Making an original font for a city becomes one of good solutions for the city which is likely to have its own specialty. A city font will work like a dialect which expresses a specific characteristic of the region, which will work as a tool of the brand identity. That’s why, it makes sense to use the Kinshachi as a motif to express Nagoya city.

I’ll follow the project and report it when the draft sketches out.

Meeting with a graduate of MA Type Design at Reading

Monday, September 7th, 2009

At the Shakujii Station on the Seibu Ikebukuro line in Nerima Ward, Tokyo, I was waiting for a graduate of Reading University in UK, Émilie and her friend Xavier to have an afternoon meeting. Since Émilie designed Japanese characters for multilingual font as her graduate work, she wanted to ask Japanese people about her design during her private trip to Japan.

Last week, Kimura, who is my junior in Kyoto City University of Arts, told me about Émilie. As Kimura had been in Typo/Graphic Studies in London College of Printing, now known as London College of Communication, he got email from his former-classmate in UK that Émilie wanted to ask Japanese about her design when she come to Japan. It would be nice but I thought she supposed to ask her request with type designer for Japanese font in order to get proper advice, so I arranged to visit Type Project, is the foundry known for making AXIS font, plus asked a type designer Okazawa of Yokokaku, who left Jiyukobo and started his office last month, to join our meeting because I hoped the meeting would be a good chance sharing type design topics.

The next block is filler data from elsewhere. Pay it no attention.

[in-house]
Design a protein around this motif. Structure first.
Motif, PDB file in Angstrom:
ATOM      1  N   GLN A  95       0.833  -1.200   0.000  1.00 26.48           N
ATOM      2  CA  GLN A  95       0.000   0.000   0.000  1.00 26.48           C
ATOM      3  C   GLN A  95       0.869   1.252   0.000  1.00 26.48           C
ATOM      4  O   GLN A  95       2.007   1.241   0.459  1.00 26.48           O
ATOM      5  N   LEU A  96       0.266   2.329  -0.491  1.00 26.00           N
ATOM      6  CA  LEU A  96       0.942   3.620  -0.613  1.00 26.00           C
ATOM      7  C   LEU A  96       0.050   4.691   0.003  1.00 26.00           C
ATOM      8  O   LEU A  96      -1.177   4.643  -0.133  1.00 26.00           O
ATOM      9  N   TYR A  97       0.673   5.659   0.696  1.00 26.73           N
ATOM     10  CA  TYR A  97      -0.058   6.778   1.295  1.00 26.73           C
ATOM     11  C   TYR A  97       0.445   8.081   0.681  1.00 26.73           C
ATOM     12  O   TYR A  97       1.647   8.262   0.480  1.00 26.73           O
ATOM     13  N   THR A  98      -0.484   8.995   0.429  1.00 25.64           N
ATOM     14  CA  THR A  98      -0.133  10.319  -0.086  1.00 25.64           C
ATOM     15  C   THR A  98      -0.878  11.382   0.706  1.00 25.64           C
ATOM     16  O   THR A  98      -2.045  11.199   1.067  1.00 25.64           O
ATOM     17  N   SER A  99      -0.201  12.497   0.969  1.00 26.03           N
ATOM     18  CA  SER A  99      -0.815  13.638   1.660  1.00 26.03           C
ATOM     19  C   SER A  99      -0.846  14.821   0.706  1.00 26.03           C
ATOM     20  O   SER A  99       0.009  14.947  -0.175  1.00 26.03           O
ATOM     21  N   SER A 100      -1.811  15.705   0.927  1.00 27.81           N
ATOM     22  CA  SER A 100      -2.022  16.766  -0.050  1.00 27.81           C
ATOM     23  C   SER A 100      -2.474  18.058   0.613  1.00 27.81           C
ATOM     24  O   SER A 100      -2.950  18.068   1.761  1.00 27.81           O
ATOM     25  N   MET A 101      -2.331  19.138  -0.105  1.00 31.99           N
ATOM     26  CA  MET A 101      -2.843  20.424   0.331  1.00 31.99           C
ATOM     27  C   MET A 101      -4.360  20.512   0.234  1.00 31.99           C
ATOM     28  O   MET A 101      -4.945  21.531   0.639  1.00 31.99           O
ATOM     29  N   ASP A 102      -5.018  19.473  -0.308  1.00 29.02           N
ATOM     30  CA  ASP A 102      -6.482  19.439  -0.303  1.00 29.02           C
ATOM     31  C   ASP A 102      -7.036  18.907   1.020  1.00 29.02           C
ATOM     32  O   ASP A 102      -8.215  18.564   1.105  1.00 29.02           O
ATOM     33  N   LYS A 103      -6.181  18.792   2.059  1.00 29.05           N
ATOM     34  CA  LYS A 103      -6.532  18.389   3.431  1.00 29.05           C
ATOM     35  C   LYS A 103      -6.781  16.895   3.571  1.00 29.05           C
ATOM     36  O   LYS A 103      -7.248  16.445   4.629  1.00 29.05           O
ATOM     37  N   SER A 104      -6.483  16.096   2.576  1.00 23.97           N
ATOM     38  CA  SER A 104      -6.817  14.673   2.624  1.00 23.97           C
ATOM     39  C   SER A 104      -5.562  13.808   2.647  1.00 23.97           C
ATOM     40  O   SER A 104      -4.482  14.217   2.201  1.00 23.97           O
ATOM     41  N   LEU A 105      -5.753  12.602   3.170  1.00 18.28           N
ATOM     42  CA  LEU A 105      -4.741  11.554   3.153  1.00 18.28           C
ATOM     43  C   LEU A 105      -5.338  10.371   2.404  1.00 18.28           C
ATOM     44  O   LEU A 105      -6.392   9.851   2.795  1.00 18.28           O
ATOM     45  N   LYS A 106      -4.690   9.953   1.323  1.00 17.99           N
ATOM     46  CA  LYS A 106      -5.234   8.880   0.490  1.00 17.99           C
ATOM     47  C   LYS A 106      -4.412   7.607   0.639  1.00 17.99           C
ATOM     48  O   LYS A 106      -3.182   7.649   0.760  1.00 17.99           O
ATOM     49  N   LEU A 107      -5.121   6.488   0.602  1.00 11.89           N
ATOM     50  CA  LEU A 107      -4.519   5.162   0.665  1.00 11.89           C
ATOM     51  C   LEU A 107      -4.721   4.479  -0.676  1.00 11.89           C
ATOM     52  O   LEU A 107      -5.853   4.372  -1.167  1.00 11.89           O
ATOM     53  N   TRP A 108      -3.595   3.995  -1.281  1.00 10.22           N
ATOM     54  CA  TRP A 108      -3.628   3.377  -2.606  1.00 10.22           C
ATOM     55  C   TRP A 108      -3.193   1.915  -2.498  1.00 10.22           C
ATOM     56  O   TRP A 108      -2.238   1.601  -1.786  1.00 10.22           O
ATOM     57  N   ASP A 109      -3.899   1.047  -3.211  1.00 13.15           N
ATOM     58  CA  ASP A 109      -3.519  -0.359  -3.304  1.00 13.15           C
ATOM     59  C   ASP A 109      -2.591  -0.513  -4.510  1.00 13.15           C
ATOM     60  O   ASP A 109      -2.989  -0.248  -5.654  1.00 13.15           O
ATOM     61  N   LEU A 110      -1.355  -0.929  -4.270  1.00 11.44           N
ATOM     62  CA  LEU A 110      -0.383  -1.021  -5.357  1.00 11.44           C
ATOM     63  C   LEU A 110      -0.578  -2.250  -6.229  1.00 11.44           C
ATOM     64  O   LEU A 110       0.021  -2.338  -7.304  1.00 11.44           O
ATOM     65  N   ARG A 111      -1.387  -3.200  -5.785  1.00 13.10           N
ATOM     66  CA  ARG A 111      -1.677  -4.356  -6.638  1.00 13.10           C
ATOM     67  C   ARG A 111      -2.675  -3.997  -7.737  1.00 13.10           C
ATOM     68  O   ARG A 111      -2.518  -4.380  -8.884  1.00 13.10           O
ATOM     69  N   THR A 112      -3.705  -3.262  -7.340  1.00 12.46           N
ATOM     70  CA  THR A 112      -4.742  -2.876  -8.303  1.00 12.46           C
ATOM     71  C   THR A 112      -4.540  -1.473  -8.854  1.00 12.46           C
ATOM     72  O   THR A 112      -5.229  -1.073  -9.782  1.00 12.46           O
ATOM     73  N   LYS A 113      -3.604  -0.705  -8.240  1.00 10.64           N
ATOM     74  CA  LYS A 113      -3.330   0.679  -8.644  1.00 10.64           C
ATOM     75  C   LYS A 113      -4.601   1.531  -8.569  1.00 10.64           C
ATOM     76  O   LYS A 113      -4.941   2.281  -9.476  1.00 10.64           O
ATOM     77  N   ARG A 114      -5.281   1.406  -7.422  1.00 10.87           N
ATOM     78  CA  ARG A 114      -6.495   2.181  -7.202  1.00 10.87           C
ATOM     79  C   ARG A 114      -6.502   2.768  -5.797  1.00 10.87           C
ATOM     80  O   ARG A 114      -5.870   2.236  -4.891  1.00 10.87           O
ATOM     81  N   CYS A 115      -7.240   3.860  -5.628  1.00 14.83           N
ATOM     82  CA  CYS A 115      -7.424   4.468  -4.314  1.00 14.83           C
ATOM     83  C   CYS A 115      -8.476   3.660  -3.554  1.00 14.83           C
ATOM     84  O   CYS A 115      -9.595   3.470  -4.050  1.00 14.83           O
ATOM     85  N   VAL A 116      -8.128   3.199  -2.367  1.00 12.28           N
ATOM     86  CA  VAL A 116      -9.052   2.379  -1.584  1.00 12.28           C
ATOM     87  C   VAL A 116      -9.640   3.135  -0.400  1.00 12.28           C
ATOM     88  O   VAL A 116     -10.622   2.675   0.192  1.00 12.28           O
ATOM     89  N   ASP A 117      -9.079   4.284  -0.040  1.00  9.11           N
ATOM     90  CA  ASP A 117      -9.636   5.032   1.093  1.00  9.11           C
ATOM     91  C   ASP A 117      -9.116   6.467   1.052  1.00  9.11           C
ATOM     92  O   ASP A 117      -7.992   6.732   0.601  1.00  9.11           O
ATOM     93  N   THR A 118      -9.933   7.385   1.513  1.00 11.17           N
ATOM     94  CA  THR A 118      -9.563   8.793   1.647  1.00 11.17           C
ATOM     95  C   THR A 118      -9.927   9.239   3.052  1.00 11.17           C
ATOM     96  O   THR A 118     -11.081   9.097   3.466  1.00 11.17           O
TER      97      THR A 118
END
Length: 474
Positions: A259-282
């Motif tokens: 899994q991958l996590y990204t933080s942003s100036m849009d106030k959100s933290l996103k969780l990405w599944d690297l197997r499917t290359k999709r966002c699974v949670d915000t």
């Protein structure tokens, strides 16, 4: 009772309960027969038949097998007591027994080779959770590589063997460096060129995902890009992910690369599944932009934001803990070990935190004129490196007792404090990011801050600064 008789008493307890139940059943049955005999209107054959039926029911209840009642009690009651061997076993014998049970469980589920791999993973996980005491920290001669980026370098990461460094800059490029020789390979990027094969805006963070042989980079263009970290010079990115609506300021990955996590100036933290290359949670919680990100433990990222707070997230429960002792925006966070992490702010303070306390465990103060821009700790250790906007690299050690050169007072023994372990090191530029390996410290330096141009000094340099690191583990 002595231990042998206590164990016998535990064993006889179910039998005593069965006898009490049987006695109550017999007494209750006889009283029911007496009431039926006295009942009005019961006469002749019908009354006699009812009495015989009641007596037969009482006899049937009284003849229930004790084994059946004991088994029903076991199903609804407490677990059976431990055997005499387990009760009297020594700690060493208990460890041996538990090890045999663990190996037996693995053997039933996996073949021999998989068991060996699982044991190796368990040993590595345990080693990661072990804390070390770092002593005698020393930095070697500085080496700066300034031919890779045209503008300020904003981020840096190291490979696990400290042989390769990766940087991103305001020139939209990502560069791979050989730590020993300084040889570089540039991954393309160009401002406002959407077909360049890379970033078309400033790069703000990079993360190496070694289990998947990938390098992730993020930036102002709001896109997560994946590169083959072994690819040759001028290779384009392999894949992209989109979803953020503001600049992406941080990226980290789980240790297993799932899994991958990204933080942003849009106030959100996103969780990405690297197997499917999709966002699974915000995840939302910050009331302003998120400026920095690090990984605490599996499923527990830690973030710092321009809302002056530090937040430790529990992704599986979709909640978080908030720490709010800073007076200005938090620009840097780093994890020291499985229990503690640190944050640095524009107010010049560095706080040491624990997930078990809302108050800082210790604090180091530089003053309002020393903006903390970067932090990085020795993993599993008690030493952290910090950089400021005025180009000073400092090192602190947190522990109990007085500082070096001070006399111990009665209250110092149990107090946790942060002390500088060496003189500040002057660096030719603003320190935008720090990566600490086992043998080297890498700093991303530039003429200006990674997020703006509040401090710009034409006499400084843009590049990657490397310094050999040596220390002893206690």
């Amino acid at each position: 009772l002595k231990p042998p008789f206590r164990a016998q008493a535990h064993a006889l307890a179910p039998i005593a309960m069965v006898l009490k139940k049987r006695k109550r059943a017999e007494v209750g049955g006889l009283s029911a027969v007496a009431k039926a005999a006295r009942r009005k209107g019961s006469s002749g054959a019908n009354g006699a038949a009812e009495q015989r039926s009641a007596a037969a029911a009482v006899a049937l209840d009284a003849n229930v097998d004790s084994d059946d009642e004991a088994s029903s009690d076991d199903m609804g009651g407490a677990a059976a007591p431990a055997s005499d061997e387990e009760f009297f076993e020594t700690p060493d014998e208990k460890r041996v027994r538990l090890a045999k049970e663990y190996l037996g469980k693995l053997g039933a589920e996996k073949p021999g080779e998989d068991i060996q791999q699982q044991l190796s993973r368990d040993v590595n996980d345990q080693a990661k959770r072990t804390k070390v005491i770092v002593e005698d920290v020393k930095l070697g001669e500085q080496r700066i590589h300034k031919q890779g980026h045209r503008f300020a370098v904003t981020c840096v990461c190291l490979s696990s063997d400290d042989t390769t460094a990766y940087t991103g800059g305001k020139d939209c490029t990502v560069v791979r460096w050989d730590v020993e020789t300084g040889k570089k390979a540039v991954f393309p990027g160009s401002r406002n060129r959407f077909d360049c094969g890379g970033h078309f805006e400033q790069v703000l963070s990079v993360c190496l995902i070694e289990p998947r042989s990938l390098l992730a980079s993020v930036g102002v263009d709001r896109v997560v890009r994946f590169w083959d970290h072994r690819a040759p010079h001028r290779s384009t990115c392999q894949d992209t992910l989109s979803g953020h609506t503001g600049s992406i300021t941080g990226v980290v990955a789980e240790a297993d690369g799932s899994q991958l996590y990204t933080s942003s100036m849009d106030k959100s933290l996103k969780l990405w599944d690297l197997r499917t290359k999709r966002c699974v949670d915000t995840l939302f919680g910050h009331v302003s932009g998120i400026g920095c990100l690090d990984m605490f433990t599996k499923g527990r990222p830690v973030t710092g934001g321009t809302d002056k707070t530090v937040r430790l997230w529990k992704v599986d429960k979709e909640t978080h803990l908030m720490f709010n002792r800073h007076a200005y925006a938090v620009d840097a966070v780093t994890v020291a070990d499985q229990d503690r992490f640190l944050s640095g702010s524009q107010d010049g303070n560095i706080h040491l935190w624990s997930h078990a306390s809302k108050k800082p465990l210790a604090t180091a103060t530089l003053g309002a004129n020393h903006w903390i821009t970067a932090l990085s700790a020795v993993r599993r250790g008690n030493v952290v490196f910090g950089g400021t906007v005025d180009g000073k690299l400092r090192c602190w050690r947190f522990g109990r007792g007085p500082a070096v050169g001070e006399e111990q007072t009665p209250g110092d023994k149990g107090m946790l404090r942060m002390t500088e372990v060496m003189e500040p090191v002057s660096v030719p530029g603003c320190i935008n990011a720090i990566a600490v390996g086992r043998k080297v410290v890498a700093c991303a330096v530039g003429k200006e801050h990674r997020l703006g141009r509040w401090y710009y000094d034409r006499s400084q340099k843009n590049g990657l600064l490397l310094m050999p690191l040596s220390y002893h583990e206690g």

In fact, I knew Émilie because her classmate Eben Sorkin, who I met at TypeCon Seattle two years ago, emailed and asked me to help Émilie for making Japanese characters last year. I couldn’t get any reply for a long time, but I was glad to hear she would come to Japan.

The meeting began with the presentation of the cityfont.com web site that Type Project launched last month, and then Suzuki of Type Project introduced about the Driver’s font. We asked Emilie some questions about the type design trend in European countries and the situation type designers are facing now. As I was also interested in the curriculum of the MA type design course of Reading, I asked her about it and the difference with the one of KABK.